A Guide to Cholesterol-Free Foods

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  • Cut Out the Harm, Not the Flavor

    Cut Out the Harm, Not the Flavor

    Cholesterol is a compound that’s vital to life. However, too much of it can be detrimental to your health. Maintaining a healthy balance of good and bad cholesterol is particularly important to good heart health.

    Click “next” to begin avoiding bad cholesterol and focusing on incorporating good cholesterol into your diet.

  • Rice, Beans & Grains

    Rice, Beans & Grains

    Most starches—including rice, beans, and bread—contain little or no cholesterol. However, ingredients added in their preparation (for example, lard in refried beans or butter on bread) may contain animal-based fats high in cholesterol.

  • Potatoes

    Potatoes

    Unfortunately, most meats are high in cholesterol, but potatoes are still fair game. Like beans and breads, be wary of how potatoes are prepared. French fries are often cooked in vegetable oil, which is low in cholesterol, but high in fat. When cutting cholesterol, remember this: baked is best.

  • Mushrooms

    Mushrooms

    Make friends with fungi. There are numerous ways that different mushrooms can be prepared and substituted for meat. We suggest trying mushrooms as a pizza topping (watch the cheese, however, because there’s plenty of cholesterol there), or swapping out that burger patty with some chewy portabella mushrooms. No matter how you fix them, mushrooms will do your heart good.

  • Avocado

    Avocado

    When in season, avocado should be a staple in your diet. High in omega-3 fatty acids, this creamy fruit helps lower bad cholesterol and increase good cholesterol levels. Avocado tastes great and works hard for your health—it not only helps your heart, but your brain and blood as well.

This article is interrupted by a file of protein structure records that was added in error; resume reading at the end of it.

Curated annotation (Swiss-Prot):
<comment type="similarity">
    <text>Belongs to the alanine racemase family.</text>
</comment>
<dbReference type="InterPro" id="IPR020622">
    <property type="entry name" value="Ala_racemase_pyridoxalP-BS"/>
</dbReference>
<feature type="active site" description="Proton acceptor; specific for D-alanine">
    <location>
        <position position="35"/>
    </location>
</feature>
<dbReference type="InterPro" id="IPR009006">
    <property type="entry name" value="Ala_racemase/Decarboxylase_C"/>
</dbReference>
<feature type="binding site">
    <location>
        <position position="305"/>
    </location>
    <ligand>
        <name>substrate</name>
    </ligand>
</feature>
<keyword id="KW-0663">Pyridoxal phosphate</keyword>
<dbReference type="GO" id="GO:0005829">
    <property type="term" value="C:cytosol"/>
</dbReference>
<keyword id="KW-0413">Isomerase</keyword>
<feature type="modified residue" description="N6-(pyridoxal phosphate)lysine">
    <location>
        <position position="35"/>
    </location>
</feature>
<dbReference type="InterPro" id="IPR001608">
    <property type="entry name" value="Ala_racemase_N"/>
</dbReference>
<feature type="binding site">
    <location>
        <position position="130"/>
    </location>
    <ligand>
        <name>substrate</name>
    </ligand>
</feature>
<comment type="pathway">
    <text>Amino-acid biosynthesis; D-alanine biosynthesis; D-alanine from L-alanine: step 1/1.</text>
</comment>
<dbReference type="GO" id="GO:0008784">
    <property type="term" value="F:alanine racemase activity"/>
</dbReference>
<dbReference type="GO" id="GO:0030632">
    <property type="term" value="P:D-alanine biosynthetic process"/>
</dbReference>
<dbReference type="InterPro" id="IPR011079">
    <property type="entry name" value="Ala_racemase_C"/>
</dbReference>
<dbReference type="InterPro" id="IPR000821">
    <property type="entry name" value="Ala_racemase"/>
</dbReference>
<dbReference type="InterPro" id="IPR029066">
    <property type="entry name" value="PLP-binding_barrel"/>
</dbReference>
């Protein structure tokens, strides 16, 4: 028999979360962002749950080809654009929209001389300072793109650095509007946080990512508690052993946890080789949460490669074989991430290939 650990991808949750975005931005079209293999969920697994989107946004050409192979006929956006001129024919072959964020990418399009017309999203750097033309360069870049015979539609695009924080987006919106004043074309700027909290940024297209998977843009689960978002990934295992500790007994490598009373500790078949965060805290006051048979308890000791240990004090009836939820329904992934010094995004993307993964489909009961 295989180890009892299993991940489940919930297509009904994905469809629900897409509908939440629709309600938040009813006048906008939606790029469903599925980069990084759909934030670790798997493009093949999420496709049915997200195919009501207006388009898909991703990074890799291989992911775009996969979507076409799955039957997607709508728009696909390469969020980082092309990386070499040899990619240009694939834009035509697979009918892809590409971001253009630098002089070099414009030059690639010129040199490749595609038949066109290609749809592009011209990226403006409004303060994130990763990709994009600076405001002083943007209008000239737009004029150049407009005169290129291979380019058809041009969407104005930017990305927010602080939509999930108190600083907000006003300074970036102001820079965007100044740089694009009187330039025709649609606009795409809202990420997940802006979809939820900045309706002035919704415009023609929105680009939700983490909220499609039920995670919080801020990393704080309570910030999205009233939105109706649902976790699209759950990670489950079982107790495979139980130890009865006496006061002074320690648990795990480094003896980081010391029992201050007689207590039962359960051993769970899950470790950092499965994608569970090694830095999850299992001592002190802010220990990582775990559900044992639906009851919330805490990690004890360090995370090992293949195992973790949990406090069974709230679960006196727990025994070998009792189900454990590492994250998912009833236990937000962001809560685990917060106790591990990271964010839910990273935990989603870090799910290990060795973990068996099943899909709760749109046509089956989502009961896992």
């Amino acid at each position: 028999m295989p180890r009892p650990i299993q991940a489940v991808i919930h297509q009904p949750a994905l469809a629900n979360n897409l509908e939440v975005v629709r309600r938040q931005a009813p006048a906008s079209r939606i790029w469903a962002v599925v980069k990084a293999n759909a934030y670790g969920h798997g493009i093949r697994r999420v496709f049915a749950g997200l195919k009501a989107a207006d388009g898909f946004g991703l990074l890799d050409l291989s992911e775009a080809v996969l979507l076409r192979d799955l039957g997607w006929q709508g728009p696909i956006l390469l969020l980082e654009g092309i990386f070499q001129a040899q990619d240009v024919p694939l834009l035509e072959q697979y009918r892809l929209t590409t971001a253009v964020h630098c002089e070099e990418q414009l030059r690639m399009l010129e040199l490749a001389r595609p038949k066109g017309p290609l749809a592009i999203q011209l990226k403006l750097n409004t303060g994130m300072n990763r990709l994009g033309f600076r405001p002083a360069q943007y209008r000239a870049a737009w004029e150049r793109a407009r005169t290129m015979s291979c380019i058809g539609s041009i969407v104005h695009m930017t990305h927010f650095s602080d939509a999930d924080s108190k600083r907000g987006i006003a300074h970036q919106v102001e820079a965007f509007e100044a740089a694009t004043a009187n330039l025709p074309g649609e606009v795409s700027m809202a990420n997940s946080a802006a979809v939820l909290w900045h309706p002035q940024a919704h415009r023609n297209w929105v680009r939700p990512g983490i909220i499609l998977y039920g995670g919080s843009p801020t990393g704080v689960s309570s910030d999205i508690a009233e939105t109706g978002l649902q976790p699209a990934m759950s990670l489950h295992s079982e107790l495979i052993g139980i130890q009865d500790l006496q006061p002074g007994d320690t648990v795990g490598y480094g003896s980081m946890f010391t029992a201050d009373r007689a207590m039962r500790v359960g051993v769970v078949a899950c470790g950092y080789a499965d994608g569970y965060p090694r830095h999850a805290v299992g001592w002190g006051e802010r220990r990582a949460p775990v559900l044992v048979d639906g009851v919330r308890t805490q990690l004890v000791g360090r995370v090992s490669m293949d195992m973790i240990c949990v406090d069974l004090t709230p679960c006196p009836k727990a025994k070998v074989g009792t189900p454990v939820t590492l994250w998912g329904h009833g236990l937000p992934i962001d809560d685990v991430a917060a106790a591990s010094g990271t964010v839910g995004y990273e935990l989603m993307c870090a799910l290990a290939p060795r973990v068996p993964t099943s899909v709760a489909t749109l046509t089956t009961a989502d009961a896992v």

• Fish

    Fish

    Like avocado, many fresh water fish are high in omega-3 fatty acids, which can help you lower your cholesterol. There’s a wide variety of omega-3-rich fish available, meaning you can easily switch up your meals. Try grilled salmon for dinner one day and fish tacos (with lots of avocado, beans, and rice) the next.

  • Garlic

    Garlic

    Garlic is not only excellent to eat—it helps keep your blood clear of cholesterol as well. If you’re looking for a devilishly delicious snack, try simmering whole cloves of garlic in olive oil until they’re ready to spread on bread, crackers, or other low-cholesterol foods.

  • Onions

    Onions

    Like garlic, the potent onion contains antioxidants. While they’re delicious served grilled, sautéed, or cooked in any way, raw onions contain the highest amount of heart-healthy nutrients. So, eat away, but pack some breath mints.

  • Fruits & Veggies

    Fruits & Veggies

    Eating fresh fruits and vegetables has more to offer than just low cholesterol. They’re full of vital nutrients that keep you healthy. Try mixing a medley of tasty fruits for a fruit salad or a variety of fresh veggies for a spicy salsa. Keep your refrigerator well stocked with fresh produce for a quick snack, side dish, or main entrée, if you’re feeling creative.

  • Tofu

    Tofu

    Not everyone is going to do cartwheels over tofu, but when prepared properly, tofu can be a decent substitute for meat in many dishes. Tofu acts like a sponge: it can absorb spices, marinades, and soup bases to add more flavor and texture to your meal.

  • Lean Meat

    Lean Meat

    When it comes to meat, fish, chicken, and turkey will be your best bets for lowering your cholesterol. However, avoid the skin, organs, and the dark meat. Some poultry, such as goose and duck, have high amounts of cholesterol and saturated fat.

  • Lowering Cholesterol

    Lowering Cholesterol

    Avoiding high cholesterol doesn’t mean you have to give up eating. However, it does mean you have to keep a watchful eye on nutritional labels and get more creative with your cooking. The more you’re willing to experiment with foods, the less bored you’ll get with your menu, and the more your heart will thank you.

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